Historical Perspectives: Witherspoon’s Twentieth Lesson

Lesson 20

DICTION EXERCISES

Use No. 46, 8, 9, with the AH, A, E. No. 46 will serve to “RECITE” the various syllables.

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You will readily see that you can invent other syllables which will give you added practise in pronouncing.

The use of the mouth is of the utmost importance in these exercises. The average shape of the mouth will be a slight smile, showing the upper teeth slightly, but not showing the lower teeth. Do not grin, do not snarl, do not pout with the lips. AH, A, EE belong to the same “family” of vowels, the one runs easily into the other, the mouth closing slightly for the EE. The mouth changes inside for the OH, and the lips round slightly for the OO (U). Avoid singing AW very much for some time. It is dark and guttural and is not a good medium for practise except in some few extreme cases of high larynx and tight throat. Even then it is not always productive of good.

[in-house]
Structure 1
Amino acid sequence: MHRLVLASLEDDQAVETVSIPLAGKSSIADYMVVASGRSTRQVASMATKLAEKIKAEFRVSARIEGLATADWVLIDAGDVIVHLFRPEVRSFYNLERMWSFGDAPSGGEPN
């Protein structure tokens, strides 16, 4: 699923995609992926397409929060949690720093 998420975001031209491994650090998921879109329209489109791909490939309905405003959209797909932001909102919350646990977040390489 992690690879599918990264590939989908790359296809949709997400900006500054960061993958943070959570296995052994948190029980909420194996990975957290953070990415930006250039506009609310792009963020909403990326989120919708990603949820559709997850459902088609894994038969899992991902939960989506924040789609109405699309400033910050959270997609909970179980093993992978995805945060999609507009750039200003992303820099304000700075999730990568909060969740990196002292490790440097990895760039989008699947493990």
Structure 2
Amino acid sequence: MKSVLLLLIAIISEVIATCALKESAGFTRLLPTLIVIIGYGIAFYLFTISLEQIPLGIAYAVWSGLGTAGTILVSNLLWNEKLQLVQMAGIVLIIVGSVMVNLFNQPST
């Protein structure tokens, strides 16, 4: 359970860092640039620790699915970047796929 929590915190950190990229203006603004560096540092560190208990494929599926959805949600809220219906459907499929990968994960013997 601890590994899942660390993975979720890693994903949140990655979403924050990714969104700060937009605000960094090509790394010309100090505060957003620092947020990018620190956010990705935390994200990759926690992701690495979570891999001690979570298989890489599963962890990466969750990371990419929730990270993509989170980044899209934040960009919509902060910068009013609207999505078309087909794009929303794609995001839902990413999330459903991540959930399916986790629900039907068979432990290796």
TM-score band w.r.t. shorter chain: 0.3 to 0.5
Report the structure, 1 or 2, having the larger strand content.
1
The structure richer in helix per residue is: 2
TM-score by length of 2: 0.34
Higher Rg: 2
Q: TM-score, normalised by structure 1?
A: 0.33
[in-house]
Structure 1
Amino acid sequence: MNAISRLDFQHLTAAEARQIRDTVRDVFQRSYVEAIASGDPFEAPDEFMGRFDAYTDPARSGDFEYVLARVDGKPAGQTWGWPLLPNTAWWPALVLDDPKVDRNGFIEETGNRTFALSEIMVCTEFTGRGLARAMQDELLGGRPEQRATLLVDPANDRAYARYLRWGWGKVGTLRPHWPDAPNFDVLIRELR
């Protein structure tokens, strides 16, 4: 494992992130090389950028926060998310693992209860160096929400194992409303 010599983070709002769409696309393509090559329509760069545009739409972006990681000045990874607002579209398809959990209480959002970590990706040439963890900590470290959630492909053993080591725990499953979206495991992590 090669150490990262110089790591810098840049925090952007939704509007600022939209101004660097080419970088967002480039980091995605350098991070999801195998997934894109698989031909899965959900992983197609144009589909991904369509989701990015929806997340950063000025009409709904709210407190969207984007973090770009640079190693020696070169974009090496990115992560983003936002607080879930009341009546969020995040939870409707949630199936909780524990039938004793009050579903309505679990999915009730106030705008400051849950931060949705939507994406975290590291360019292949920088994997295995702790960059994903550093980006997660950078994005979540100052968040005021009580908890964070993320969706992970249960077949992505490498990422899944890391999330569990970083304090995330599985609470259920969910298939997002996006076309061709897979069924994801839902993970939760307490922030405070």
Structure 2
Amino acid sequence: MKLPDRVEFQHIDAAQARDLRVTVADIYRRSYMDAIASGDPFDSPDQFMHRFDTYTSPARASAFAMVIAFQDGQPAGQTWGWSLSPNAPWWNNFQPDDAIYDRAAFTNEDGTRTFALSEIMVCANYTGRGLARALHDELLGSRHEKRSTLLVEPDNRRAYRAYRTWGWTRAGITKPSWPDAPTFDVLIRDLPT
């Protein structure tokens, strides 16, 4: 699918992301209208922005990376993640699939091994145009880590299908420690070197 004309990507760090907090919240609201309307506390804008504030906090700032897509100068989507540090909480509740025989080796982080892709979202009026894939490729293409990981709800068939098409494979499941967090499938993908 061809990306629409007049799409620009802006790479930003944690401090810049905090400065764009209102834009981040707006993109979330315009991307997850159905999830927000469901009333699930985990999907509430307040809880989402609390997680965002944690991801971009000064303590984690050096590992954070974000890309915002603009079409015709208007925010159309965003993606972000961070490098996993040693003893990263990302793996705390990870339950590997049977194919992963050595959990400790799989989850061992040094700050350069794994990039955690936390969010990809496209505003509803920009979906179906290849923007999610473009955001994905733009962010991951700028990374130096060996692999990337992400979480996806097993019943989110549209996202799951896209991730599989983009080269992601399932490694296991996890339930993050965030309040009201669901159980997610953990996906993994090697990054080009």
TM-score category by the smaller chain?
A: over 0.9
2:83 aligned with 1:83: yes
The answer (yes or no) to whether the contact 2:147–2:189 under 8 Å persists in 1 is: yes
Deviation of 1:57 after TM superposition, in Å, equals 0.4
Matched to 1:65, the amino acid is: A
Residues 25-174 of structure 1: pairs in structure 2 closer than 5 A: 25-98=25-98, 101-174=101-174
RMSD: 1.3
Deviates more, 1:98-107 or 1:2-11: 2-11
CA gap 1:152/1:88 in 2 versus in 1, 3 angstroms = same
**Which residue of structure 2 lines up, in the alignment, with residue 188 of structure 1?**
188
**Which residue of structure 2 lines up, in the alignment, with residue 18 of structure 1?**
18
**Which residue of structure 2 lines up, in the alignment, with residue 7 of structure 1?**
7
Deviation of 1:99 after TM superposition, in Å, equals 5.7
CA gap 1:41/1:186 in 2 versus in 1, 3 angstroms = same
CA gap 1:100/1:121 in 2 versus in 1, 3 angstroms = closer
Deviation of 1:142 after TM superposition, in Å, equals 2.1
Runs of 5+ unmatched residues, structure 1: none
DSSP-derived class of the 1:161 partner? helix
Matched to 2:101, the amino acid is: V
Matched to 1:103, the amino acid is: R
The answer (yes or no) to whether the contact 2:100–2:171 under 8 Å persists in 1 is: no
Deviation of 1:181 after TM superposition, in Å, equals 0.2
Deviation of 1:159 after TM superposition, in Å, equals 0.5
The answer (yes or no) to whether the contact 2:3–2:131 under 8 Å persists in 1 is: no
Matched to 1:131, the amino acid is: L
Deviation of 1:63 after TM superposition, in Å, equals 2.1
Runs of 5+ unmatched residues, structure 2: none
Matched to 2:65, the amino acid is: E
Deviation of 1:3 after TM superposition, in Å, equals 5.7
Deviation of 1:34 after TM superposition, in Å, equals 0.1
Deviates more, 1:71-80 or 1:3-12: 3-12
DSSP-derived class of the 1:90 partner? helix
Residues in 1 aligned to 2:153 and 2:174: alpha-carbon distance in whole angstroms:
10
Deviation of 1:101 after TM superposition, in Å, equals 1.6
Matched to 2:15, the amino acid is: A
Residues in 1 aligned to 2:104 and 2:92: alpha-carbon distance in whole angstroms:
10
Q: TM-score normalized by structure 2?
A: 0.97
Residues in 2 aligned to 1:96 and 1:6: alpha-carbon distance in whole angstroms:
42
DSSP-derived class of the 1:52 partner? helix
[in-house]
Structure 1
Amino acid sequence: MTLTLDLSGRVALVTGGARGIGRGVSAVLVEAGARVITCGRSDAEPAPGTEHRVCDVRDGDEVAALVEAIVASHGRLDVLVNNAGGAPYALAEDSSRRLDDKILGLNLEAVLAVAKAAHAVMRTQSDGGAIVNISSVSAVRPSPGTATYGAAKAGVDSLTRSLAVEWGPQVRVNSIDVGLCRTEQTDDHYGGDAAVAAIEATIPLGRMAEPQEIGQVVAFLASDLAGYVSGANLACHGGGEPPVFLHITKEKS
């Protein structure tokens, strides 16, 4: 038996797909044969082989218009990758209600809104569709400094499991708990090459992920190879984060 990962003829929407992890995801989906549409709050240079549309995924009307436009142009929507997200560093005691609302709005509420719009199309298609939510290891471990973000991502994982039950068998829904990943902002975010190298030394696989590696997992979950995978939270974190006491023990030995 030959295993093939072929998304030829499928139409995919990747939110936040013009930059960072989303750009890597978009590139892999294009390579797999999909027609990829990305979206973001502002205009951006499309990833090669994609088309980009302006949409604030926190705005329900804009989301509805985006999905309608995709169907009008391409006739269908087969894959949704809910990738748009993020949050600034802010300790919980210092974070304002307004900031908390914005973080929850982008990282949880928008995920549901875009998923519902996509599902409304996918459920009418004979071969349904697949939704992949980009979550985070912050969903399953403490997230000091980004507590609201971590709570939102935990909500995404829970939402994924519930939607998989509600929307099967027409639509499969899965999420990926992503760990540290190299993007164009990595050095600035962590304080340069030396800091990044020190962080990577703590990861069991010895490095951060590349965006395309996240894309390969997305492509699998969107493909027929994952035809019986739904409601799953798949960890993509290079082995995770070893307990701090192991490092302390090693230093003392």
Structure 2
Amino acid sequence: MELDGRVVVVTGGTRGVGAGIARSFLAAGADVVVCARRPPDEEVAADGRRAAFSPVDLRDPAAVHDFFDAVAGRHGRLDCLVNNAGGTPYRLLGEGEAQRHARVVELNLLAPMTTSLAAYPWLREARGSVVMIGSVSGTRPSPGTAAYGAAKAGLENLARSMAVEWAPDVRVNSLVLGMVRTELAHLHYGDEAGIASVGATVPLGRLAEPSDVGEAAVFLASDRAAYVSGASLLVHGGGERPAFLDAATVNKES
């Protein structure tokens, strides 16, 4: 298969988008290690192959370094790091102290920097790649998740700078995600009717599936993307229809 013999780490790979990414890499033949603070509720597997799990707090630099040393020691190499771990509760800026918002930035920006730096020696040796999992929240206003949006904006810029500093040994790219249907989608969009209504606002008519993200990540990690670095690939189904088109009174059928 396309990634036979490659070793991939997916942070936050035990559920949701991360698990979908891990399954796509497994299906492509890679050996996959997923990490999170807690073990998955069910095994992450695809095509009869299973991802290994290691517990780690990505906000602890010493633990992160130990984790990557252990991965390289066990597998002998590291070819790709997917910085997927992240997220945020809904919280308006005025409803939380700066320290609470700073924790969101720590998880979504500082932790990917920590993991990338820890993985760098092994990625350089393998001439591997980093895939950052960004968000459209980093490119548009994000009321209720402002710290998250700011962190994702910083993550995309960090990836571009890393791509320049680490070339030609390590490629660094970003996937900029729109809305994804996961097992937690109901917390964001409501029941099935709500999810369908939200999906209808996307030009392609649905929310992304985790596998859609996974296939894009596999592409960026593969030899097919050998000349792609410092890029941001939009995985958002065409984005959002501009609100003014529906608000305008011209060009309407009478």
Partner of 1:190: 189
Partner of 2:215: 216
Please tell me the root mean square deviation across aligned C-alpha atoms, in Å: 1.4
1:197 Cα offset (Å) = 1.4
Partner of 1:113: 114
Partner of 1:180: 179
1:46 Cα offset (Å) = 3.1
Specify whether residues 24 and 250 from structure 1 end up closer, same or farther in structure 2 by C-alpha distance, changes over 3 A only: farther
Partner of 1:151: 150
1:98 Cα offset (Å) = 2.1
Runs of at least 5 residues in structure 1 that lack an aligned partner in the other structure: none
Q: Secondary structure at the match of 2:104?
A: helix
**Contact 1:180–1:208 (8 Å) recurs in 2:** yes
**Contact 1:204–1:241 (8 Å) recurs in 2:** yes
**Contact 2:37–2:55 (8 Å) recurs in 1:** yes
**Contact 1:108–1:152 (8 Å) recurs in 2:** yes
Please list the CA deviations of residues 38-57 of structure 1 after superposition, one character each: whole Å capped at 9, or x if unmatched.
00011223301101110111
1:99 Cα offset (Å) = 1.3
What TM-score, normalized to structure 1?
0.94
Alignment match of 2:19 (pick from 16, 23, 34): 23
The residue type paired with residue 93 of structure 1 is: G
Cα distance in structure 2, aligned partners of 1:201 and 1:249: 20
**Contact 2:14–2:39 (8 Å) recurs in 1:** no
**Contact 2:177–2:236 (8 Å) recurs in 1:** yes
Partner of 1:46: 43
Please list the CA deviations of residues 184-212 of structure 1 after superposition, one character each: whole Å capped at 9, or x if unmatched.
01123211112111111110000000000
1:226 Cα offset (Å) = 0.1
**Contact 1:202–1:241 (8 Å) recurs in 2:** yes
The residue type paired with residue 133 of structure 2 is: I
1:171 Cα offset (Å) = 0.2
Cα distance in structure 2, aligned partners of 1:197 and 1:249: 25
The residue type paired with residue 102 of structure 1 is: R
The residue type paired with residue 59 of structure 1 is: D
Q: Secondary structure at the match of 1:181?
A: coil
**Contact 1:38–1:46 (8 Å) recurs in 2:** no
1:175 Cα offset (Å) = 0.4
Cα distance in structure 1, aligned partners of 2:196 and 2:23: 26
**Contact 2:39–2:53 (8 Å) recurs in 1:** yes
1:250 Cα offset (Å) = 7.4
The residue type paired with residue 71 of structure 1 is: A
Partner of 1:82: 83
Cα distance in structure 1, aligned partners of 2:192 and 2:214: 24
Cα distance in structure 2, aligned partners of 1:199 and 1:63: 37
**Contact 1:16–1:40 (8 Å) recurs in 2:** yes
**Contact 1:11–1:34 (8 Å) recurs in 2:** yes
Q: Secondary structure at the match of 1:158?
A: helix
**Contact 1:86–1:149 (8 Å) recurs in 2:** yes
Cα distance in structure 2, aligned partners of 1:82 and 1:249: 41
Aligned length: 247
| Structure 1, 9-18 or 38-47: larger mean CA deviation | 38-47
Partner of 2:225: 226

These are the best syllables for reciting on one note:

MAH, MA, MEE, MOH, MOO.

NAH, NA, NEE, NOH, NOO.

LAH, LAY, LEE, LOH, LOO.

DAH, DAY, DEE, DOH, DOO.

BAH, BAY, BEE, BOH, BOO.

RAH, RAY, REE, ROH, ROO.

CRAH, CRAY, CREE, CROH, CROO.

BRAH, BRAY, BREE, BROH, BROO.

Do not lose position too much in singing OH and OO.

Now sing other combinations which demand other changes from one vowel to another.

On one note:

AH-OH, AH-OH, AH-OH, etc.

AH-E, AH-E, AH-E, etc.

AH-OO, AH-OO, AH-OO, etc.

OO-AH, OO-AH, OO-AH, etc.

AY-AH, AY-AH, AY-AH, etc.

EE-AH, EE-AH, EE-AH, etc.

Witherspoon, Herbert. Thirty-Six Lessons in Singing for Teacher and Student. Meissner Institute of Music. Chicago. 1930.

 

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